In a Rolling Stone interview, Billie Eilish gives us a glimpse into her personal life.
The interview shines a light on the pop phenomenon’s perspective on fame, life as a 17-year-old and her mental health.
In the rather candid interview with Rolling Stone’s Josh Eells, Billie Eilish delves into a side of her we’ve never seen. As she puts it, “When anyone else thinks about Billie Eilish at 14, they think of all the good things that happened. But all I can think of is how miserable I was. How completely distraught and confused. Thirteen to 16 was pretty rough.” The conversation shifts from homeschooling to growing up poor, to even her nightmares and her joys.
During the 40 minute discussion, she admits that she is nothing like the person she portrays in her music – a “might-seduce-your-dad-type” of girl. Billie is an average 17-year-old girl – in fact, during the interview she was packing her bags for the tour and cleaning her room, chores all of us would be familiar with.
She also reveals her process of finding a better mental state and creating pop music in a way that makes her happy. Though it was not easy, through the support of her friends and family, she has been able to reach a place that is much better for herself.
“Don’t be so hard on yourself”
That’s the advice she gives to fans, especially if she notices their scars from self-harm. Having struggled with self-harm herself, she knows what it’s like to feel like she “deserved to be in pain”. Her depressive tendencies began after a hip injury took her out of dance, something she had been invested in for a long time. At that point, she had started to develop body dysmorphia from the tiny outfits she had to wear at dance practices. She recounts, “I’ve never felt comfortable in really tiny clothes. I was always worried about my appearance. That was the peak of my body dysmorphia. I couldn’t look in the mirror at all.”
Looking back, she acknowledges that she was not comfortable trying to fit in with her dance mates, and should have been nicer to herself and put her needs first. Though she has gotten a lot better, she knows her self-harming tendencies and depressive self-talk are still a part of her. “I don’t trust myself when I’m alone,” she confessed.
“I’ve never felt more hopeless in my life”
In the lead up to her latest tour, Billie has had a tough time coming to terms with being on the road again. She doesn’t consider herself an anxious person, but in the week leading up to the tour, she was wracked by a sense of hopelessness. “I had a panic attack every single night. I cried for two hours every night. It was really, really bad,” she recalled.
She wants to be around friends and have things that bring her joy to look forward to over the next few months. “I was sitting on my bathroom floor, trying to think of something I could look forward to. And I could not think of one thing.” She knows that as soon as she goes on tour, she would be missing out. Her friends would have new inside jokes and things would change while she’s on the road.
It’s at this point, that we are reminded that Billie is just a teenager. “Her teenage years were wrested from her,” Patrick O’Connell, her father, said. “She was being shuttled all over the country at 14. That’s really young,” her mother Maggie affirmed. She needs space to grow and maintain a sense of normalcy in a life that is anything but normal.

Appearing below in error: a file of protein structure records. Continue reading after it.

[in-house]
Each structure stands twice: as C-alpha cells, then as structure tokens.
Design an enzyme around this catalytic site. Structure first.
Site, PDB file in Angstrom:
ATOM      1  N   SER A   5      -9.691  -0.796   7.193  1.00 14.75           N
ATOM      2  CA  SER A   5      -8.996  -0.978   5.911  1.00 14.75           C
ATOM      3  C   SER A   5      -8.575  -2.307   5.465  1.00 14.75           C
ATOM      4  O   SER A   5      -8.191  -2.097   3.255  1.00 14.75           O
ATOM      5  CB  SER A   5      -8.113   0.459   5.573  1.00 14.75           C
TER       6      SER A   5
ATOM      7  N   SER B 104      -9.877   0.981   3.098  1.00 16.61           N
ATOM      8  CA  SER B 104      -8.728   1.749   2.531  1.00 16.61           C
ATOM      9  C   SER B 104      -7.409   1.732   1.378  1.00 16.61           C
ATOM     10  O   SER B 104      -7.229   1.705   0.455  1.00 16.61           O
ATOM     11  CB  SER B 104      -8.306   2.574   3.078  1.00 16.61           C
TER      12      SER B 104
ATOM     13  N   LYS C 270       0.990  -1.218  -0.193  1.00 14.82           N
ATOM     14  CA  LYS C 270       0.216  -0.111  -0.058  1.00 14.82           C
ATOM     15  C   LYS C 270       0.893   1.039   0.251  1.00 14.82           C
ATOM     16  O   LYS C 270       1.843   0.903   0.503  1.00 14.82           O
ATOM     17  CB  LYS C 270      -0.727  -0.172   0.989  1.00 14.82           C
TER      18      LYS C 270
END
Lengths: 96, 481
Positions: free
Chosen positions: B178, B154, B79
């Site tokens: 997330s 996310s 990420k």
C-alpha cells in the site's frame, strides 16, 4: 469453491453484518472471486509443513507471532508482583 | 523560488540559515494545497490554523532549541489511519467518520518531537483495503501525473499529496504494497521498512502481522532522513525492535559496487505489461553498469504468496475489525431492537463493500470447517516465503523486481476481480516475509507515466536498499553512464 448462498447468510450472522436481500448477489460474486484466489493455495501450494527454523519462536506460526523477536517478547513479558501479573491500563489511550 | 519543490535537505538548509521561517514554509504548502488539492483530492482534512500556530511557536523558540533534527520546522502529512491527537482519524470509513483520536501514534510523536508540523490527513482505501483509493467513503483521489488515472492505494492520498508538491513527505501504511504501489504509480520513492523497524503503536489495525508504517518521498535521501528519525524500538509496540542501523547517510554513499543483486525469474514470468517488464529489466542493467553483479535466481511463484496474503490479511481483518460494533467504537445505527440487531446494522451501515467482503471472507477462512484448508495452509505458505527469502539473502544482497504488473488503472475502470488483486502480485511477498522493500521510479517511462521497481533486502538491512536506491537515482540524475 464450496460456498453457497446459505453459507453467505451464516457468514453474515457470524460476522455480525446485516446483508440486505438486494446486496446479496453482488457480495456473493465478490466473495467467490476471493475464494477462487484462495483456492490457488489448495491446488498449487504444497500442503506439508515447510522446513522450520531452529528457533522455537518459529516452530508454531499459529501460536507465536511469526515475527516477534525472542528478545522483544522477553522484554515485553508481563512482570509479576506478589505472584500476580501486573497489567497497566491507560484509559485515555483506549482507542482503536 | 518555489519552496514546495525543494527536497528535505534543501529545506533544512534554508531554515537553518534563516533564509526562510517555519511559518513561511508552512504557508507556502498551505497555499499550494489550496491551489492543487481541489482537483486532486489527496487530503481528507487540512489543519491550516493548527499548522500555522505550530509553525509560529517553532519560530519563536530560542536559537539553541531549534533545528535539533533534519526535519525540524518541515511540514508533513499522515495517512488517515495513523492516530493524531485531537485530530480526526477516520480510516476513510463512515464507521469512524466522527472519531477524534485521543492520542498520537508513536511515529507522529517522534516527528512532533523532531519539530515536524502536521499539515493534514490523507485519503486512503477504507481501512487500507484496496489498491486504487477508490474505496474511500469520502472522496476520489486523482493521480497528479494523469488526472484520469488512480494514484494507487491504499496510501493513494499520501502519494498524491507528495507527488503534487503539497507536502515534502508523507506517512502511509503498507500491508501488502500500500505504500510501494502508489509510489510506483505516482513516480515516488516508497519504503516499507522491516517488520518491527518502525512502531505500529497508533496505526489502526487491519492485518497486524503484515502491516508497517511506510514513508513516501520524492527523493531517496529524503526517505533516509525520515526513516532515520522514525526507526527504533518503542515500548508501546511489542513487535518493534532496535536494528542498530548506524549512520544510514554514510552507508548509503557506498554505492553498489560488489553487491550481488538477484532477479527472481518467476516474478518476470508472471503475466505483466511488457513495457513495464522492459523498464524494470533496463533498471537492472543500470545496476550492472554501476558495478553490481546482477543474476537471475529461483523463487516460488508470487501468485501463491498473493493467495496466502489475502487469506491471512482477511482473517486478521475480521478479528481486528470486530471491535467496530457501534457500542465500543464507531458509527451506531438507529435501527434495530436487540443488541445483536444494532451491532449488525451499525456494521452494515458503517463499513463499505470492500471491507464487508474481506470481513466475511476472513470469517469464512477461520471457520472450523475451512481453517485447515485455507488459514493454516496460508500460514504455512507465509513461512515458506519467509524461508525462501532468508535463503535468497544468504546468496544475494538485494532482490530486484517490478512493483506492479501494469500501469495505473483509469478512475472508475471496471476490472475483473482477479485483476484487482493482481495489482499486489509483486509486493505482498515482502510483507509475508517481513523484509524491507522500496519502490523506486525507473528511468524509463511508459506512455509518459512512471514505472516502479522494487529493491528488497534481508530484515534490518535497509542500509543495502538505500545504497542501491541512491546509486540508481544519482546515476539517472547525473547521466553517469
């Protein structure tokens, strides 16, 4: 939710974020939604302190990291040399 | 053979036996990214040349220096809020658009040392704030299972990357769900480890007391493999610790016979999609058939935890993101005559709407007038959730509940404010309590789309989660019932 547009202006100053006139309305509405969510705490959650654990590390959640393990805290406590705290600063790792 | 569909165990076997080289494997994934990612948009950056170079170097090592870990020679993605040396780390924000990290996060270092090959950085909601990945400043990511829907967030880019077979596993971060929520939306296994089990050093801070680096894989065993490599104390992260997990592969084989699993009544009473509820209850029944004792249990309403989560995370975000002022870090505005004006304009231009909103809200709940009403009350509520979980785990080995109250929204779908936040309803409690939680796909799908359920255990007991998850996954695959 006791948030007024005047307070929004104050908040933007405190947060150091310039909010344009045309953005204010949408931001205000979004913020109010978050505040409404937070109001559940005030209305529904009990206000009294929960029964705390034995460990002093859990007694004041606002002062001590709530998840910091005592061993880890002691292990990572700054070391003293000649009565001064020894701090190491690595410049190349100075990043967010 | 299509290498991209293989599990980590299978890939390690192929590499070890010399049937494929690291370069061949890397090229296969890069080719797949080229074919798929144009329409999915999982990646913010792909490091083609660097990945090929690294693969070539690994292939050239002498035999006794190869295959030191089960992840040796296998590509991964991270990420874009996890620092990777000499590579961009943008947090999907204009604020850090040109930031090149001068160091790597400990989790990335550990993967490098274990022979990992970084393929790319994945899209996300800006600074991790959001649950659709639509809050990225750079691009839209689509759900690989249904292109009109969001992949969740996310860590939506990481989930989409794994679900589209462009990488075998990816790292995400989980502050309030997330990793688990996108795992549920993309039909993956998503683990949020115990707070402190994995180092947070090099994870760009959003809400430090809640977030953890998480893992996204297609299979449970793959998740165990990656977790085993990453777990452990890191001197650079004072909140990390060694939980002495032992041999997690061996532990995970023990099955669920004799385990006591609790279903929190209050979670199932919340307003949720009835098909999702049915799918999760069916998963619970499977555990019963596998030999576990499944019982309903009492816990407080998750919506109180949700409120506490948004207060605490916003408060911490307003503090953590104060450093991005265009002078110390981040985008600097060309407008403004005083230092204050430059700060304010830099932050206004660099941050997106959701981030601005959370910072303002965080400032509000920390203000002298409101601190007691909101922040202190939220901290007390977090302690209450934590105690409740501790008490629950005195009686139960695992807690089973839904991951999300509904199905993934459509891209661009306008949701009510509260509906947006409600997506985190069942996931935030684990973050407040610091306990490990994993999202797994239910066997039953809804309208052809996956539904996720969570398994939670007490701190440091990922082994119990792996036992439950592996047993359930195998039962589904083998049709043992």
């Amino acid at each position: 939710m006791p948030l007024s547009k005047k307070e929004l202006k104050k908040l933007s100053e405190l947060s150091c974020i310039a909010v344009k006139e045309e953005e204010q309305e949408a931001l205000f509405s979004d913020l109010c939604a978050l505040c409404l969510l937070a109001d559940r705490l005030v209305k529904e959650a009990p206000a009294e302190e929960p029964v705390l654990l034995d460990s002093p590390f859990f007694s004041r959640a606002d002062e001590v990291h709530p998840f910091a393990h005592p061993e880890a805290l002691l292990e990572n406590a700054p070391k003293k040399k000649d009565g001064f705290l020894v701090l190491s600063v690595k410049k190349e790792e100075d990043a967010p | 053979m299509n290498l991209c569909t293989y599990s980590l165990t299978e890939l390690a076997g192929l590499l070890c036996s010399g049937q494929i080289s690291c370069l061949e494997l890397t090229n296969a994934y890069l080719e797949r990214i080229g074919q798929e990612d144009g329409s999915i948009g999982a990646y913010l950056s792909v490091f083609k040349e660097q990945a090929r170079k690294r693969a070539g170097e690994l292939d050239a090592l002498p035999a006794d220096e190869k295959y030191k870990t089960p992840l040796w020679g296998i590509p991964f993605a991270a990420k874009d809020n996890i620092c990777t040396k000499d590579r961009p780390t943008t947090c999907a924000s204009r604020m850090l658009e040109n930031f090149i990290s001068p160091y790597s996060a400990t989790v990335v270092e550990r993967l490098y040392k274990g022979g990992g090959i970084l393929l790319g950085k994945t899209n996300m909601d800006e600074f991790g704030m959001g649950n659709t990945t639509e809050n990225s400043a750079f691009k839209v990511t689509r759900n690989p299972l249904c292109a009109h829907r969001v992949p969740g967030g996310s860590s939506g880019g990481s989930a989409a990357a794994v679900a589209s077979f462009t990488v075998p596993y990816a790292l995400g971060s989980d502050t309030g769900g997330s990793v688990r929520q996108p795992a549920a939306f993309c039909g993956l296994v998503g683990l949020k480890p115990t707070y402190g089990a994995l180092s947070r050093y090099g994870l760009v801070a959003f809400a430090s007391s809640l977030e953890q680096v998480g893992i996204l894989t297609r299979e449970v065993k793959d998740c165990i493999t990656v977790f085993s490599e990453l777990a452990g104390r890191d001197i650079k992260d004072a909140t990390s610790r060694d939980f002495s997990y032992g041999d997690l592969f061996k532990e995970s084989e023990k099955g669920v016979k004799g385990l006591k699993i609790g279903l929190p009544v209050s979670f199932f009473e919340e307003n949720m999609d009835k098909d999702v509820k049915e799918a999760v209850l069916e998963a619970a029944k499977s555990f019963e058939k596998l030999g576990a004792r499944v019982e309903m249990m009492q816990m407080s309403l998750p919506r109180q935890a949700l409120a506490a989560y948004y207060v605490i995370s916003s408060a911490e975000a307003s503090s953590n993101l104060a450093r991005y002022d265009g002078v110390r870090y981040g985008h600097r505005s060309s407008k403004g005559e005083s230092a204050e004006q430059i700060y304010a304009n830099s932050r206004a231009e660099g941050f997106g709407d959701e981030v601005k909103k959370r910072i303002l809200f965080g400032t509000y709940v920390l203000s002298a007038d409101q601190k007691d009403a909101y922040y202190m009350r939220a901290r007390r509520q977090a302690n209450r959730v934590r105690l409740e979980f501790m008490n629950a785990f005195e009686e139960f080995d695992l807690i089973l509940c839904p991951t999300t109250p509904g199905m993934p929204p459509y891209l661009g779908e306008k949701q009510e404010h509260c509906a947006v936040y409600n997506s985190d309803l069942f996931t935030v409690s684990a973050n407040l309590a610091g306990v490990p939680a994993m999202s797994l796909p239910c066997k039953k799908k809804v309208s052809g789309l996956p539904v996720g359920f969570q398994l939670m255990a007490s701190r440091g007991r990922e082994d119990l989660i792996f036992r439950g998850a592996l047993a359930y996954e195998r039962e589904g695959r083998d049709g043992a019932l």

“When it first started, my biggest fear was that they would exploit her fast and be done with her”
Her family has taken steps to be a part of her recovery. Her tours are a family affair, with everyone pitching in to help with the shows. Her father is the handyman who solves small set issues. Her brother performs alongside her. But her mother plays the most critical role: she is her psychological barrier. “I just understand how things will fit into her mood better and not fuck up her day,” she explains.
Whether she’s checking on the wellbeing of the crew, taking pictures for fans or being the maternal figure for everyone on the tour, her number one priority is to look out for Billie. She is Billie’s filter, intercepting anyone who wants to meet the star. The family is aware that the industry can be extremely harsh and Billie might be too young to navigate that space alone. She says, “This has all been pretty wonderful and extraordinary, [but] we try to put a buffer between Billie and the ravenous industry. Because it’s too much.”
“But I needed it for my mental health, you know?”
It’s those moments, sitting on the bathroom floor, pondering her own happiness that has pushed Billie to find a balance between work and her personal needs. Exhaustion had caused her to develop rashes, which her doctor attributed to her body telling her she needed rest. She’s started looking for activities that can help her relax.
She has also begun seeing a therapist – although not for advice. “I was too much on me. I don’t want advice, because I’m not going to take it anyway. I just wanted to be heard,” she explained.
Part of her recovery includes a meticulous schedule that involves her friends joining segments of her tour, giving her something to look forward to. She’s also gotten a $1,000 a month horse ranch membership and a Dodge Challenger. “It cost a lot of money, and I don’t know if we can even afford it. But I needed it for my mental health, you know?”
Billie is fully aware that her job leaves little room for mental breakdowns and so she’s put in place a structure to help her find balance amid the chaos. Her journey to find this happy place is something we can learn from and apply in our own lives.
Check out the full interview at Rollingstones.com
What are some healthy ways you cope with stress and hardship? Share your journey in the comments below.
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